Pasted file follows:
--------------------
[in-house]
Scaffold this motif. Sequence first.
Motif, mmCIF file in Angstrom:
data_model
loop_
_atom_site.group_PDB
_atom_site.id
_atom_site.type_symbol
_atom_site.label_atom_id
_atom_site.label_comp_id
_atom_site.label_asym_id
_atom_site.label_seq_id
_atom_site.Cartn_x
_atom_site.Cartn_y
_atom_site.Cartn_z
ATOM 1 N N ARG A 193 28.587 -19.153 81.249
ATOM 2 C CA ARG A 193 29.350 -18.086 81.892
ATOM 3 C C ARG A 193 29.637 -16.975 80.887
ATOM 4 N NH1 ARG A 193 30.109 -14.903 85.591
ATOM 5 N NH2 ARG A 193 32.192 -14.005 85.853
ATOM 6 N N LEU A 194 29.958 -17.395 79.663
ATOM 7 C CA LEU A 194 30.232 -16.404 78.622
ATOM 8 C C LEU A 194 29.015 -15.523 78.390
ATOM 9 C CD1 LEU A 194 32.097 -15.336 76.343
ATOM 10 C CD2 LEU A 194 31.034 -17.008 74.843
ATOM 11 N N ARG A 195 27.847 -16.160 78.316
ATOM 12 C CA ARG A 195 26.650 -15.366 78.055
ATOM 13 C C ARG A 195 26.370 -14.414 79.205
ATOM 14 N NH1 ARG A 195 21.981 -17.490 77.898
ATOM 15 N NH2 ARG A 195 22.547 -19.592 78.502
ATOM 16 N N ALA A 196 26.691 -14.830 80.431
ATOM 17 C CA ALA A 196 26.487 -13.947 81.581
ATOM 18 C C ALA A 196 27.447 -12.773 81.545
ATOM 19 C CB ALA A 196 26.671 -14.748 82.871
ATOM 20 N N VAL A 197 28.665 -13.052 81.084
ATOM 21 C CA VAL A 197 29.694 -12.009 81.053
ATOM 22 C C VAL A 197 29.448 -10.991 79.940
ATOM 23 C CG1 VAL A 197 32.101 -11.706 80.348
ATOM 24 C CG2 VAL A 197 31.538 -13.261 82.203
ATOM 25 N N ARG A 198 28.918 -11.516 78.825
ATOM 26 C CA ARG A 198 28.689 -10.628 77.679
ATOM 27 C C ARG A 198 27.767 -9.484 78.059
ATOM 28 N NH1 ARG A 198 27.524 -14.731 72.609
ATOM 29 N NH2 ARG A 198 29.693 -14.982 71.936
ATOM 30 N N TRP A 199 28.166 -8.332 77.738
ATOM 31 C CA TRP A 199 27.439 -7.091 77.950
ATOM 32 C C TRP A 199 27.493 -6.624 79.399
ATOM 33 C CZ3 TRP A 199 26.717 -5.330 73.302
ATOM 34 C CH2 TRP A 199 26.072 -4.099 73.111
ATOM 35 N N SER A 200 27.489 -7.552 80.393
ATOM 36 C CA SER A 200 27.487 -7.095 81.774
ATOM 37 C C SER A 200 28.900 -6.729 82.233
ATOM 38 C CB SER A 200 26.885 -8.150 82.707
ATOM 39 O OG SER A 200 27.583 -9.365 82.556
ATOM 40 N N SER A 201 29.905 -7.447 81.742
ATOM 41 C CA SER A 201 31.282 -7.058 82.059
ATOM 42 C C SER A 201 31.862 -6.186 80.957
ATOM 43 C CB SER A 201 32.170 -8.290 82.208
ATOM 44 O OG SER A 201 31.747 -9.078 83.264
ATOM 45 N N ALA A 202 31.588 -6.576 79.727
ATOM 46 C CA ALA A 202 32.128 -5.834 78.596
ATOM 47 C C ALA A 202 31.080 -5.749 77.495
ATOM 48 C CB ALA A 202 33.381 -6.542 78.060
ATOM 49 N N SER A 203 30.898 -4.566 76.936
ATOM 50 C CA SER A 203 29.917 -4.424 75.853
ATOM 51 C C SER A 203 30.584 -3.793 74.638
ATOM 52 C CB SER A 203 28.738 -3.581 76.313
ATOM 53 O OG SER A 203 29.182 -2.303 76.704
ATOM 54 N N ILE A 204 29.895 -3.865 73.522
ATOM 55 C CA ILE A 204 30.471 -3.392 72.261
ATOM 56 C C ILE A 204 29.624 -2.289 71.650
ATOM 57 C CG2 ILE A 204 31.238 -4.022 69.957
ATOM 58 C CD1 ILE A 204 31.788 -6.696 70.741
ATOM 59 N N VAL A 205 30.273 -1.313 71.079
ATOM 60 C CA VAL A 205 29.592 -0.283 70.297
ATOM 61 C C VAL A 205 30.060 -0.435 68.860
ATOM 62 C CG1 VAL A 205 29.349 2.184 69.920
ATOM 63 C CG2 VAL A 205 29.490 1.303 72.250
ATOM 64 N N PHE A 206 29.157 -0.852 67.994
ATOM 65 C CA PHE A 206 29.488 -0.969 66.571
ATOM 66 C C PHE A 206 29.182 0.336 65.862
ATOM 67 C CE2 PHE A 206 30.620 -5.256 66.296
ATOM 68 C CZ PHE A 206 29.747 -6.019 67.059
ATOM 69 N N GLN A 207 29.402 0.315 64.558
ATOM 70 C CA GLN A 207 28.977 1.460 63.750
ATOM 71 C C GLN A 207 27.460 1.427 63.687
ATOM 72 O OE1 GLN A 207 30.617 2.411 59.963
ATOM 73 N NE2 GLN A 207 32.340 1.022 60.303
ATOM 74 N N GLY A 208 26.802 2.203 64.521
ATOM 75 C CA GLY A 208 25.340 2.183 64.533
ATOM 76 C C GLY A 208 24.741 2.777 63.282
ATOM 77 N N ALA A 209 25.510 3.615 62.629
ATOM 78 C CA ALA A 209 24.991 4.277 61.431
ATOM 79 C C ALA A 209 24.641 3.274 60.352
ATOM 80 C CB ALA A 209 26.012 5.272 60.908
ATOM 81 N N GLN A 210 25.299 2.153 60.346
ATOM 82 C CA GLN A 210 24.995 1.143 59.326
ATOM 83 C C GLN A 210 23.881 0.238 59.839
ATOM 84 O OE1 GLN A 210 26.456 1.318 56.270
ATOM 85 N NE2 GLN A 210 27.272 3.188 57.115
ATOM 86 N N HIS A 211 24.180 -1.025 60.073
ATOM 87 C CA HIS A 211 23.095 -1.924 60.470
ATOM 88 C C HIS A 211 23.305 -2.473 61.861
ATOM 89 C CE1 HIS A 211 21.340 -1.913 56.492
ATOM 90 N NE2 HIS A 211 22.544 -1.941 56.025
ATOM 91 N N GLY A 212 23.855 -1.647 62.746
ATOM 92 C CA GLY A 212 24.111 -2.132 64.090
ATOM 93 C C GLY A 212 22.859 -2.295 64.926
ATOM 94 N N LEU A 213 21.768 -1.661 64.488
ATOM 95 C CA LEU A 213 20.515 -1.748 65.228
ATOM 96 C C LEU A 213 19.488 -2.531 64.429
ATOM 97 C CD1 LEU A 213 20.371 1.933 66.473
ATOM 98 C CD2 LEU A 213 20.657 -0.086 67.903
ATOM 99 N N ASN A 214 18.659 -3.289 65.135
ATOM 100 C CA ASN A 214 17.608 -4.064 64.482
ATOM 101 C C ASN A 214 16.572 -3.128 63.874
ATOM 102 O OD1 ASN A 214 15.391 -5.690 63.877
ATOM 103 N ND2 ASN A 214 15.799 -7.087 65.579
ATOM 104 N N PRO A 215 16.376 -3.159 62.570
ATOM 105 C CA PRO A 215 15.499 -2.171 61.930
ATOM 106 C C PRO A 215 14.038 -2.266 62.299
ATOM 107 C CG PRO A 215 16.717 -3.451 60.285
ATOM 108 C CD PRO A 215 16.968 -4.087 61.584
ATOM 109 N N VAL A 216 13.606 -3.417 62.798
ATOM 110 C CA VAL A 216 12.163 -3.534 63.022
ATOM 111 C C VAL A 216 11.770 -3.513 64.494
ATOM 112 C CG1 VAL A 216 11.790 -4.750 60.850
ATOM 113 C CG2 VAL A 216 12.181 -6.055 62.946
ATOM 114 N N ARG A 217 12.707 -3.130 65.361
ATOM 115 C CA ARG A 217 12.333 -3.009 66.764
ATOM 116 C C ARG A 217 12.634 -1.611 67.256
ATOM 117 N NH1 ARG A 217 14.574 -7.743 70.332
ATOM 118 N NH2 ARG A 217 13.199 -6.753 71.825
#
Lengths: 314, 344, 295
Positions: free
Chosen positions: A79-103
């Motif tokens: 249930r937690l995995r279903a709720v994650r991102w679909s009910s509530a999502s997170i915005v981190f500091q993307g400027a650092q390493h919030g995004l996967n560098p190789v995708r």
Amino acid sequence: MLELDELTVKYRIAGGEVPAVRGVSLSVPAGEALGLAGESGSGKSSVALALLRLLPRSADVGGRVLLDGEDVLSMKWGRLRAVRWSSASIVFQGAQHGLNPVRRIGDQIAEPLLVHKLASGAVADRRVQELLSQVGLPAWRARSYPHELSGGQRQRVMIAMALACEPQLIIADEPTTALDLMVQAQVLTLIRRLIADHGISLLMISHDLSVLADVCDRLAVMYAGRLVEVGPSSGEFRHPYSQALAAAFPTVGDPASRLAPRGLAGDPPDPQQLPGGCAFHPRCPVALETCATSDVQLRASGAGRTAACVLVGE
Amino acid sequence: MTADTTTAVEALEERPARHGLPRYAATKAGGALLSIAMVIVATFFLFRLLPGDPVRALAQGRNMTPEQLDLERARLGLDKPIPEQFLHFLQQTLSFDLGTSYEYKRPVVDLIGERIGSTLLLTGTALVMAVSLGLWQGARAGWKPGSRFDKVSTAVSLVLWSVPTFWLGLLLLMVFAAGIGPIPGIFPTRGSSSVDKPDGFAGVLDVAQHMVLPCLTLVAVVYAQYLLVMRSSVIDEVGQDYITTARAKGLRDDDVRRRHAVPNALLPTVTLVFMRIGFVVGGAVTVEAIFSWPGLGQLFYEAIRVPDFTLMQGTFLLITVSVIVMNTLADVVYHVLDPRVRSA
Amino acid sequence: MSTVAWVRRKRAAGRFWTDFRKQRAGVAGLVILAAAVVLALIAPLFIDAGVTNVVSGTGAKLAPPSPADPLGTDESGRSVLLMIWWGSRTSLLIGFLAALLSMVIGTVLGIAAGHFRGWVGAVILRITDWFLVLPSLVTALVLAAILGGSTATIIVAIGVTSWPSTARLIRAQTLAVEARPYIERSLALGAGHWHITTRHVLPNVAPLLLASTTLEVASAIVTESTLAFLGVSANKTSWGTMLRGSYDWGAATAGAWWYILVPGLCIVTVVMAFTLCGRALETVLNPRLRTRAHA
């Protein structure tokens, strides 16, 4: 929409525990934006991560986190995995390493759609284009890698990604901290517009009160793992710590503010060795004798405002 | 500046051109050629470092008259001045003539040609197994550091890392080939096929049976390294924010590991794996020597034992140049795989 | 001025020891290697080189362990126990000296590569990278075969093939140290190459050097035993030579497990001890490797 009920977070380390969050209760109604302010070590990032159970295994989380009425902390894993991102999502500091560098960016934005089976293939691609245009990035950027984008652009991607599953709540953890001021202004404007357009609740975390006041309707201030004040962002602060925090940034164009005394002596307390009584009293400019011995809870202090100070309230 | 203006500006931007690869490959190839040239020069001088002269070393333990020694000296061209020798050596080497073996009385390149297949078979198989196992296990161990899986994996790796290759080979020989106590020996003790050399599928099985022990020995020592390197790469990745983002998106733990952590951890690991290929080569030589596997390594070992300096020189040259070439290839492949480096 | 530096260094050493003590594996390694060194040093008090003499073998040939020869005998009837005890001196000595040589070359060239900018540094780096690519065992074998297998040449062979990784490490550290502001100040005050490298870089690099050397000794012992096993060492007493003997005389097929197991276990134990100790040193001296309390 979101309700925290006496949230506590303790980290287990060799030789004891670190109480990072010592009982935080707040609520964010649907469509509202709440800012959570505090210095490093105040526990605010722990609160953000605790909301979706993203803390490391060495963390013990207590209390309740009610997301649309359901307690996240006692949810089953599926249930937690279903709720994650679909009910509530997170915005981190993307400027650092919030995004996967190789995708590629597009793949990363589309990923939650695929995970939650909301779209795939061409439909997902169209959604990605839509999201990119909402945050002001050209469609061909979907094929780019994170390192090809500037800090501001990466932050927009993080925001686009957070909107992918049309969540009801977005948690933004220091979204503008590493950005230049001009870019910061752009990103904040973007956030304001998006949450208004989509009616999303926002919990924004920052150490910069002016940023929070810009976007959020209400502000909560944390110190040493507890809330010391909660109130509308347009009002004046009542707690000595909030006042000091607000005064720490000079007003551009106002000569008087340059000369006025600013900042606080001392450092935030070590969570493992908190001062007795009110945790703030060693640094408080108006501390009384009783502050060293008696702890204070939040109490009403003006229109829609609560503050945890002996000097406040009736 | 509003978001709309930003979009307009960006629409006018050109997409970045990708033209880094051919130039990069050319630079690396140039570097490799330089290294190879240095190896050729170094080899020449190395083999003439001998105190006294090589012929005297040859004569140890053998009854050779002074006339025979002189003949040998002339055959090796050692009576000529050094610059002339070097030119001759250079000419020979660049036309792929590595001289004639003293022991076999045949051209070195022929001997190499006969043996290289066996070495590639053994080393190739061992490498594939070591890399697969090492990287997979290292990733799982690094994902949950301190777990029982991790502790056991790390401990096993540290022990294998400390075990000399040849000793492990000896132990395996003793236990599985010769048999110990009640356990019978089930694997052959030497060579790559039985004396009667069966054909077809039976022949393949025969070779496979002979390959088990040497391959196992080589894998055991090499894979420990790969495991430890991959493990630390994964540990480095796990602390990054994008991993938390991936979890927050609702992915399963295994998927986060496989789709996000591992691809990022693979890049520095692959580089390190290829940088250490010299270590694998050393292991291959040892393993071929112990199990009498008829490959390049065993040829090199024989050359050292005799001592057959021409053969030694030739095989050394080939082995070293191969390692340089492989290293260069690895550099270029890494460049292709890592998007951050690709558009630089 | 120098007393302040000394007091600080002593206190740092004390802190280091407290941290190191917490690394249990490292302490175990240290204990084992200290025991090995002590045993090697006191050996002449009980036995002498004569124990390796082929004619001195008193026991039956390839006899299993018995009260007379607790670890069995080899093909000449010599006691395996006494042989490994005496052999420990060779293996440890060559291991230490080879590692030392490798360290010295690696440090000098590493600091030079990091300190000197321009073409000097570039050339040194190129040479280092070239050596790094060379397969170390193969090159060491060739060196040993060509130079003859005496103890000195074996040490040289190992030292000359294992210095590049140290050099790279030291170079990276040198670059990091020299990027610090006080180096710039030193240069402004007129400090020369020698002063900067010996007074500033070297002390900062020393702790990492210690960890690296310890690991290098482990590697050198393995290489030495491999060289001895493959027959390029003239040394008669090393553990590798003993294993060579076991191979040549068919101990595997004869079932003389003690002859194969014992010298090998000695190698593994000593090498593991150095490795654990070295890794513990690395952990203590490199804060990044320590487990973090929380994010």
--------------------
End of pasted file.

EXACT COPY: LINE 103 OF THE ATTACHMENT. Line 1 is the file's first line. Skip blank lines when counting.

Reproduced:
ATOM 88 C C HIS A 211 23.305 -2.473 61.861